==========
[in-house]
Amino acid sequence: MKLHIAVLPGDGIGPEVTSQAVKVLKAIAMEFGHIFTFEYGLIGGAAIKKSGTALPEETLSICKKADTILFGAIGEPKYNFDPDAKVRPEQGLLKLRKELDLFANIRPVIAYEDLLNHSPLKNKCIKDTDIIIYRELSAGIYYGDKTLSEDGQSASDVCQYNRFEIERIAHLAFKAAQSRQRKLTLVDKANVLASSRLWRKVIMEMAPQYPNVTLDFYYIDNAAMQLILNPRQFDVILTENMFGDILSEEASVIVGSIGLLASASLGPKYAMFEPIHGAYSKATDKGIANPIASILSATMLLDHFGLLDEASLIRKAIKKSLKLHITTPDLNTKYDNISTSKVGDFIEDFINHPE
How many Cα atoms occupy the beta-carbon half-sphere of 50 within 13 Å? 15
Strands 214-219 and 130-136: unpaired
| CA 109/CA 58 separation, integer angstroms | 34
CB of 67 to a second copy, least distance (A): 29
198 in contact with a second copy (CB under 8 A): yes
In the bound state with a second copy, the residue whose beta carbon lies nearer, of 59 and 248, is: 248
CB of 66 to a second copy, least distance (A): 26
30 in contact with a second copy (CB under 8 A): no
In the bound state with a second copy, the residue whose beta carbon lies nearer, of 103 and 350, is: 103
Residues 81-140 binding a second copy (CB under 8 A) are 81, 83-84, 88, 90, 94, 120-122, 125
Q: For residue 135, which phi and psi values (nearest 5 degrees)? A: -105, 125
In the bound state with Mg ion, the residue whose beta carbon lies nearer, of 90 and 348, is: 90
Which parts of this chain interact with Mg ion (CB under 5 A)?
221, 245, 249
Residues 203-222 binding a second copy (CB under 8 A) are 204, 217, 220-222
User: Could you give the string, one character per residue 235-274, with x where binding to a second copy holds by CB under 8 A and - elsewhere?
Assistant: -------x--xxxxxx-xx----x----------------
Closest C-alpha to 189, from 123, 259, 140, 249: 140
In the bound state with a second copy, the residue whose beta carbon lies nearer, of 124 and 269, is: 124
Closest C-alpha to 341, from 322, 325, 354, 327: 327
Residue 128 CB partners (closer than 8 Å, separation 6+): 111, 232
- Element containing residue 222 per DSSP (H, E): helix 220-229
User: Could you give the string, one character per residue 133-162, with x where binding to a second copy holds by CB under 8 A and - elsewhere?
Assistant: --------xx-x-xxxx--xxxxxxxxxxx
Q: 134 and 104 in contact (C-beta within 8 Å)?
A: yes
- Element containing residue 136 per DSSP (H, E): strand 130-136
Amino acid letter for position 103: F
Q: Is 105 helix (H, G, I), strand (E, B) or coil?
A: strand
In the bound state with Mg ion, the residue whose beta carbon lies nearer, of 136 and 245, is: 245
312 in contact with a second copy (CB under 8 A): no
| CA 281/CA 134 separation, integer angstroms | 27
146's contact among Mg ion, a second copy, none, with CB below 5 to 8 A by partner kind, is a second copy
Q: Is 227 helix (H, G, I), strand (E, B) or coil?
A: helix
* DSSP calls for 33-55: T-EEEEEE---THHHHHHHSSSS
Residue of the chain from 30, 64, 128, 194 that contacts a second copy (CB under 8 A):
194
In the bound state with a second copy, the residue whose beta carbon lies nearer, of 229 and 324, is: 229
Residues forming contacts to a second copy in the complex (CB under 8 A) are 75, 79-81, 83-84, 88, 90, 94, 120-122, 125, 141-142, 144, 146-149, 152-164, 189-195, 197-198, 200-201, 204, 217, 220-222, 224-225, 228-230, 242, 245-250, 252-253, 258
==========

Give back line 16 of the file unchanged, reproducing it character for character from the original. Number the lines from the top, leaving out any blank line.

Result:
221, 245, 249